Homeless dogs are everywhere in this country, hanging at the outskirts of markets, playing in parks, sleeping on the medians of intersections, and maintaining a steadfast presence on side streets.  Generally benign, the canines are more concerned with neglected, discarded or dropped food scraps than anything else. They are resourceful and productive survivors.  They dogs are always “intact”, possessing the full function of their reproductive organs and using them as often as possible to create litters of puppies that play in the same public areas.  Last night, I saw a dog surreptitiously uncovering someone’s food offering to the spirit house, nosing the bowl to access the rice inside. 

I’ve struggled to reconcile my conflicting feelings about these canines. I appreciate the way that the Thai people tolerate their presence.  Just last night, I saw a large truck signaling a turn into a parking lot for a noodle stand near Sirijit park. As I passed on the motorbike, four dogs were illuminated in the truck’s headlights as they slept in the middle of the parking area. I suspect the driver would have given a few warning honks and perhaps sent out a human emissary to shoo them away.   However, some dogs are so obviously feral that they appear dangerous and are unpredictable. The pack that hangs around the north entrance to  the Ancient Forest Temple across the Street occasionally singles me out as a target, barking, snarling and running  alongside the bike which results in me lapsing into English curses and pedaling faster.


There are a few dogs that patrol the schoolyard and keep the chicken bones, ketchup smeared plastic bags and other discarded leftovers under control. The cook’s dog just had a litter and she patrols the campus with swollen teats.   The Director’s family has a pair that just sired another litter that was given away to people in the community.  Wazi, a teacher who helps me in a couple of my classes,  brings her ancient canine, Goptop,  in to dotter around the campus.  Goptop and The Director’s male dog both happened to be patrolling the school cafeteria during the lunch hour and got into a showy snarly altercation that resulted in screaming children, adults yelling at the dogs and a rapid intervention by the Phys Ed teacher and a plastic chair that finally broke it up.  Goptop was dragged away by his collar and forced to walk on only hind legs.   The other teachers say, “they never had children, so he is their baby.”   I can relate.
Goptop in the lunch line after the kids have been served.  He is looking at his owner who is serving herself.
Goptop in the lunch line after the kids
have been served. He is looking at
 his owner who is serving herself.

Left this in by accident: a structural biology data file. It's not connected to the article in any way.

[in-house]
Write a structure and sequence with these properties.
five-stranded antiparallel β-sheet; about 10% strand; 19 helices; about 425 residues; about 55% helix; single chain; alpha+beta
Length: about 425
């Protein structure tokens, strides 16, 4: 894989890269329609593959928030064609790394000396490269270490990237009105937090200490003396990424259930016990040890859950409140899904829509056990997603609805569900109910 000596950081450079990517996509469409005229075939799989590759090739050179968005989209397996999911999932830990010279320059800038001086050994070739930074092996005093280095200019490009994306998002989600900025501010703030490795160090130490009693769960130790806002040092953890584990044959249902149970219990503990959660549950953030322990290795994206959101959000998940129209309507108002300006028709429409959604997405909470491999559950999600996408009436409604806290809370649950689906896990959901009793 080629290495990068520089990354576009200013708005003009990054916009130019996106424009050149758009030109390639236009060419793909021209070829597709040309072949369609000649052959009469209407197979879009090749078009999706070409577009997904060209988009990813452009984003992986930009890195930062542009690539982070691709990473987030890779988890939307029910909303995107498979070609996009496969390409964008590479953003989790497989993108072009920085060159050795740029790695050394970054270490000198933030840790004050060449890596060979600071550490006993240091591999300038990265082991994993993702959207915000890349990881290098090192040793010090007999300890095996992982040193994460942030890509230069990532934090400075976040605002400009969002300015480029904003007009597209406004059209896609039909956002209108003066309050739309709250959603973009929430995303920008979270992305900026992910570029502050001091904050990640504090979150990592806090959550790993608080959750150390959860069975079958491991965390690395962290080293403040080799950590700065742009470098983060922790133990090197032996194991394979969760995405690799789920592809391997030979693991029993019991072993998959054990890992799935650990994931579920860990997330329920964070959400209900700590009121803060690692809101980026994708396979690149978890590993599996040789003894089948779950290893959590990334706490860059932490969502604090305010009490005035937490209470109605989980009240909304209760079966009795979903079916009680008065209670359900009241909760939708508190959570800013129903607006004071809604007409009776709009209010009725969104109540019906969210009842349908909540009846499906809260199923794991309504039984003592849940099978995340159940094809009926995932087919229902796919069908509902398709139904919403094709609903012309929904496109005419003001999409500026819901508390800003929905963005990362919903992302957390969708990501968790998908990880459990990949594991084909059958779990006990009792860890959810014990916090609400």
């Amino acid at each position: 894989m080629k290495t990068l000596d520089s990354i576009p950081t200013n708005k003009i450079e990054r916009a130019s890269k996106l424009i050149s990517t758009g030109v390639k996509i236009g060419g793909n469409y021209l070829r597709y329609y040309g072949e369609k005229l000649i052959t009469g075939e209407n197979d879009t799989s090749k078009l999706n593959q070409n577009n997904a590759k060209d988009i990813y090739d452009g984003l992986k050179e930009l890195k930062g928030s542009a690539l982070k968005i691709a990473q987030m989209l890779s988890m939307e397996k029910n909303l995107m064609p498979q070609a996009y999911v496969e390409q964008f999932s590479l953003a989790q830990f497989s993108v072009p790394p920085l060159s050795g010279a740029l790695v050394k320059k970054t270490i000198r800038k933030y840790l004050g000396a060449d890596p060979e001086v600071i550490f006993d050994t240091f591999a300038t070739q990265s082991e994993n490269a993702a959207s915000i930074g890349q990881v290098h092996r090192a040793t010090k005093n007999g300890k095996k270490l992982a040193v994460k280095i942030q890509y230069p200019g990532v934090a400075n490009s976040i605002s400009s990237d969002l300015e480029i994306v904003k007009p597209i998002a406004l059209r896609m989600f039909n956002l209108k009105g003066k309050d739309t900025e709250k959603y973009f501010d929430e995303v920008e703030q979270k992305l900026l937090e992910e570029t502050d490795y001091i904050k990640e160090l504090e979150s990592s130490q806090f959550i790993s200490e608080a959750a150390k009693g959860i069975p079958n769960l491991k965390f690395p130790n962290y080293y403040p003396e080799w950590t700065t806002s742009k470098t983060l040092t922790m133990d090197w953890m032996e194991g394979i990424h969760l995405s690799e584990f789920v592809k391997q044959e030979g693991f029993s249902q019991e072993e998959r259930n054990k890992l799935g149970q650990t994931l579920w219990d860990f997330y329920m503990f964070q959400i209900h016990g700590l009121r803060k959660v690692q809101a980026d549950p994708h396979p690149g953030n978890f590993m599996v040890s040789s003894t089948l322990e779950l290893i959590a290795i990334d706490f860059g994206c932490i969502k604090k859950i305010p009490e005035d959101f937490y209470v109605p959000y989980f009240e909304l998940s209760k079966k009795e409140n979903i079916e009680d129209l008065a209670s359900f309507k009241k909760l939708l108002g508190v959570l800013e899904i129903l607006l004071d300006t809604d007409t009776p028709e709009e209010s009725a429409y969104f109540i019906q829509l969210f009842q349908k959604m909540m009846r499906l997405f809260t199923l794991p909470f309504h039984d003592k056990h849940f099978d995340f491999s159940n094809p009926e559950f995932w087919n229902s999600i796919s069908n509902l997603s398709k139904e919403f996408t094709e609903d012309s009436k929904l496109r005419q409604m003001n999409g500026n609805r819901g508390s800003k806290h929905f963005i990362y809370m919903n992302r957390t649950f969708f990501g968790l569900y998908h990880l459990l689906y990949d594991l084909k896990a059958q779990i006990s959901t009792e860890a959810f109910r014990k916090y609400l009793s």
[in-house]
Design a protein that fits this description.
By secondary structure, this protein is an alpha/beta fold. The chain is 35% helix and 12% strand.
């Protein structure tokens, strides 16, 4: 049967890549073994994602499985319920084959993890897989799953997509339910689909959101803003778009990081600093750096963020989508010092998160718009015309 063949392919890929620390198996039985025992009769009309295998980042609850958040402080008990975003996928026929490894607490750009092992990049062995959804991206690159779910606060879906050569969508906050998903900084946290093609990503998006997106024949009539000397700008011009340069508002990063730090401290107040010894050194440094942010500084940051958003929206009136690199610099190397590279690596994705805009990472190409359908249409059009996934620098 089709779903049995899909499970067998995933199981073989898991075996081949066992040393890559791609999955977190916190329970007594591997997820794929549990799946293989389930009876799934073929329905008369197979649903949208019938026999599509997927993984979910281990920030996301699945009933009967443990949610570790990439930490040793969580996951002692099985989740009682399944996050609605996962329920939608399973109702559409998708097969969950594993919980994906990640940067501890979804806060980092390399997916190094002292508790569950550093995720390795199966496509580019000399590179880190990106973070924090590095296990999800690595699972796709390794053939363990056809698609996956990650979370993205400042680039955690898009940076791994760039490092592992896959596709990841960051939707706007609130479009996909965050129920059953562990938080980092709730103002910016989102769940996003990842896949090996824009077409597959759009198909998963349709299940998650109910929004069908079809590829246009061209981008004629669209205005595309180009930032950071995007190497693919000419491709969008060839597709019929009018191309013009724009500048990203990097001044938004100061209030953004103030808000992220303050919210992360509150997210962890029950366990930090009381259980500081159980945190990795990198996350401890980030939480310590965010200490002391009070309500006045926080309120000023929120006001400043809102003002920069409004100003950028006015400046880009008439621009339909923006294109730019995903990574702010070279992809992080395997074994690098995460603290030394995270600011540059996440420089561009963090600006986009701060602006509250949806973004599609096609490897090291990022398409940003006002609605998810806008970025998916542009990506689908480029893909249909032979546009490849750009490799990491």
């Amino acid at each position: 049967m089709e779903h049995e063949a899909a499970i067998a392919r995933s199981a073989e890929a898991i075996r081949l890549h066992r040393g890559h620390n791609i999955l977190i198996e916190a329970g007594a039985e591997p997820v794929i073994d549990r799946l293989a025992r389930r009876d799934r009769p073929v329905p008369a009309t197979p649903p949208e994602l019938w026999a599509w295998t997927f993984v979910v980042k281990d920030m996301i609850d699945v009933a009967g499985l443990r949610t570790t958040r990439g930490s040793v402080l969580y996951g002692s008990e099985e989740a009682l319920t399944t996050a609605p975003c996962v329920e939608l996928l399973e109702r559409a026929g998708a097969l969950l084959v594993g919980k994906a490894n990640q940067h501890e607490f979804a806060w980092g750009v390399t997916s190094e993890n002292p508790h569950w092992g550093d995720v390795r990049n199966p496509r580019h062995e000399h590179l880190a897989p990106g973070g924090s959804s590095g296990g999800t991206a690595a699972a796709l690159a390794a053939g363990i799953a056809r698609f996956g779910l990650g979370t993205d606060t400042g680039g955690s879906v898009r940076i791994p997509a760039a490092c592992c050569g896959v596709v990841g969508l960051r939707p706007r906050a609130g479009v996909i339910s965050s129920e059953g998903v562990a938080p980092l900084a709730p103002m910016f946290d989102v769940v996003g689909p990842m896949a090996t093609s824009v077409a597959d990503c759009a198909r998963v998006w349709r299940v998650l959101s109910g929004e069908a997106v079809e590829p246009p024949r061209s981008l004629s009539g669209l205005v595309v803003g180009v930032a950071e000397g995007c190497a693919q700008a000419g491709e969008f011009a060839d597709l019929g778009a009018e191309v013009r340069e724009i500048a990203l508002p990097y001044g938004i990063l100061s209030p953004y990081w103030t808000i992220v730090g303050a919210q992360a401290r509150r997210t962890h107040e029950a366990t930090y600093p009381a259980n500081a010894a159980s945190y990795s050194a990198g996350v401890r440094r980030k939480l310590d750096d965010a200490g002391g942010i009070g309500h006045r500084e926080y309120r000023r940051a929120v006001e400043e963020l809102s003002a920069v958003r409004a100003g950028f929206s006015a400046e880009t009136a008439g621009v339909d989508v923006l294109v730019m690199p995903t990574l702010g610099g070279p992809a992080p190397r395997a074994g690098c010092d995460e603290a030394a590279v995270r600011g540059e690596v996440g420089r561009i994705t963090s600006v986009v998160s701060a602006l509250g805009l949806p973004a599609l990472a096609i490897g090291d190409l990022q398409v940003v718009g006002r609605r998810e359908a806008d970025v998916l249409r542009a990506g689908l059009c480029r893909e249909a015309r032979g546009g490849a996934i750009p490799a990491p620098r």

Most of the dogs are so dirty, infected, aloof or skittish that I have no desire to get close to them.  One dog in the Ancient Forest Temple Across the Street has lost nearly all his hair on his back from an unknown condition.  Perhaps there could some potential for one of these dogs to be nurtured into a housepet if they were adopted as a puppy.  Chilidog - my longtime canine companion who died of old age in December 2011—had a habit of placing his head on the pillow next to mine as we slept.  There was more than one night he was spooned up against my back.   Could any of these dogs achieve this same level of princedom?   I was shopping last night and found a plastic dog bowl for only ten baht (30 cents) and struggled mightily with the thought of purchasing it for my canine acquaintance so she wouldn’t have to eat off the ground.  In the end, I didn’t.  It’s better not to get too attached.

Thai Buddhists believe that people who “misbehaved” in a previous life are reincarnated as homeless dogs.  With that perspective, there’s a sense of tolerance and compassion toward these prevalent canines.  In many of Thailand’s temples, dogs are welcomed and fed from the community’s offerings made to the monks.   Alongside of the river vendors set up tables of fish food, where for twenty baht people can make a food offering as a tool to build their own chances at a better life.   In the Ancient Forest Temple Across the Street, there is a old woman on a red motorbike outfitted with storage baskets on both front and back.   Her tiny pet dog balances on the back seat as she makes the rounds, laden  with a couple of 10 kilo bags of kibble.  Every day around sunset the resident dogs make their way to the perimeter road for the hand out.  As the night falls and I make my way back home on the main road, she passes me on the motorbike and waves.

The dogs are just trying to tough it out in the current life.  Perhaps it’s our obligation to ensure that they are treated with kindness and compassion during their relatively short lives.  There is a small but potent power in a gentle word, a tossed scrap, a fleeting thought of well-wishes to bolster them on their long journey up the karma ladder.   Just don’t make eye contact with the leader of the pack when you’re riding by before dinnertime.
From:  http://isaanstyle.blogspot.com
From: http://isaanstyle.blogspot.com